Meanwhile, in the interview with Jordan Peterson, Jonathon Haidt says, “Someone applies to a geology programme. They’re a fundamentalist, young-earth creationist. Are you going to admit them? No! I don’t think you should. They’re not able to do the right kind of thinking, based on what we know to be the case.” A moment later confirming what he means, “They’re not in a scientific paradigm.”

That’s an interesting view for the founder of the Heterodox (meaning ‘diverse viewpoint’) Academy. While Professor Sanford retires from a distinguished career in academia having become a creationist, at the front end of a career they apparently shouldn’t be let in the door. In fairness to Haidt, his point hinges on the definition of fundamentalism, which he may be defining as irrational. However, when his characterisation of young-earth creationists being anti-science is explained by assertion of “what we know to be the case”, that phrase is anti-science. Science is never hurt by being questioned by an enquiring mind; there are (or aught to be) no sacred cows.

Personally, I was impressed by Wilson’s bravery, rigour and honesty. He researched Darwin’s life with great depth. He drew many conclusions about Darwin’s character and intentions, but was able to back them up with the extensive referencing because Darwin wrote so much—he had Darwin’s notebooks, Darwin’s letters, the notes that Darwin made in the margin of other people’s articles, and discussions about Darwin by his contemporaries. He doesn’t attack Darwin, but he does present him warts and all. If you read it, you will undoubtedly learn a lot. Like me, you may also unlearn the one thing you thought you did know—that Darwin was inspired by Galapagos finches. He wasn’t. Wilson doesn’t chart a speculative or pre-suppositional journey, but rather a detailed one with an open mind.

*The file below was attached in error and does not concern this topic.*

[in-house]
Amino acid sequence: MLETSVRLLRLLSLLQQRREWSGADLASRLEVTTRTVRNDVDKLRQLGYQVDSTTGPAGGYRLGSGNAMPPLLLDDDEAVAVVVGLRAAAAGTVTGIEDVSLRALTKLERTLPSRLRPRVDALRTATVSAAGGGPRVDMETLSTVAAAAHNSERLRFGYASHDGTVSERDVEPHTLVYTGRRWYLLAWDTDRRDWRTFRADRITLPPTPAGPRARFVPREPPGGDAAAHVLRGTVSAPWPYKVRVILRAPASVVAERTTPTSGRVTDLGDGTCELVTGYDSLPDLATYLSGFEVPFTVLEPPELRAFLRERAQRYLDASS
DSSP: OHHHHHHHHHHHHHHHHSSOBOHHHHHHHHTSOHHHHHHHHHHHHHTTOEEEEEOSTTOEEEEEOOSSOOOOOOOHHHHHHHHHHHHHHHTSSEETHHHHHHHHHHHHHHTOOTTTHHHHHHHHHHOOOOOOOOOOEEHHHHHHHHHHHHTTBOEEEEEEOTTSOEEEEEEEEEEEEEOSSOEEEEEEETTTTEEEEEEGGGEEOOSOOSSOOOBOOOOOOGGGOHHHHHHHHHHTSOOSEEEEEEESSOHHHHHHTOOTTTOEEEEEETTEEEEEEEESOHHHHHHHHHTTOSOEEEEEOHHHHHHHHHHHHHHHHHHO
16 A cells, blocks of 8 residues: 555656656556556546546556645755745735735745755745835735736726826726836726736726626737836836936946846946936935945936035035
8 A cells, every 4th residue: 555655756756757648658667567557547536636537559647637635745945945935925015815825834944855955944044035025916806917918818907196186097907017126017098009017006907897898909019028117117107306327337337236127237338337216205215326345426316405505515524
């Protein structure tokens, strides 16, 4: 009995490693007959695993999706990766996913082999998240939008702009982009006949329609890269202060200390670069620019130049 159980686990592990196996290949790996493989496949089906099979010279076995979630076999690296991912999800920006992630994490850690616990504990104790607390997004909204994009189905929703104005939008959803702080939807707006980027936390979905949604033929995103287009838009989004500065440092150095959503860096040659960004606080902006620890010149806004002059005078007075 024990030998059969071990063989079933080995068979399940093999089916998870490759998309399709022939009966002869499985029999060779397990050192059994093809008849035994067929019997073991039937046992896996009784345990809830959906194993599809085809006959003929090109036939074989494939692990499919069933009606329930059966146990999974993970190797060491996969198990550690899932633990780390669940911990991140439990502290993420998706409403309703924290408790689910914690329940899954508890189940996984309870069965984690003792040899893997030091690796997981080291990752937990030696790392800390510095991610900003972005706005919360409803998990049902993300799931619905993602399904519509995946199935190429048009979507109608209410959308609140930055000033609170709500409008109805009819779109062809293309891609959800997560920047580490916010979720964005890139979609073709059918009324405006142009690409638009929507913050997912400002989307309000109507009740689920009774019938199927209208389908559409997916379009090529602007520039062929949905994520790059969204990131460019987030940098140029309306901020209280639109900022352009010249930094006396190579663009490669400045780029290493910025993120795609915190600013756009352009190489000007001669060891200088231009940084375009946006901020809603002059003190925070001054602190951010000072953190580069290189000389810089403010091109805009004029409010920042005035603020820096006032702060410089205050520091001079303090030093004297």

So A. N. Wilson’s book was an educational read. What was the broadest lesson in it? Scientists are only human; those closest to science know it best. Their fallibility is boundless. I would think that in the age of fake news, in the era of global warming, and when supposed “experts” support gender fluidity with a straight face… surely the rest of us are also getting some practice at being sceptical of the scientific establishment, with its own brand of elitism?

The intransigence and vitriol of Coyne and Dawkins (and others) demonstrate that the naturalist/materialist position is just as susceptible to “fundamentalist” thinking as its alternatives. The untouchable elevation of established frameworks has become a clear and demonstrable problem with modern science, and it is unlikely that macroevolution is the only false framework, retiring reluctantly.

Orthodoxy is anathema to real science. Maybe if more, bold and intellectually honest researchers like Wilson are willing to critically examine the historical sciences, we will one day break the stranglehold of the “scientific consensus” and stop paying mere lip service to heterodoxy.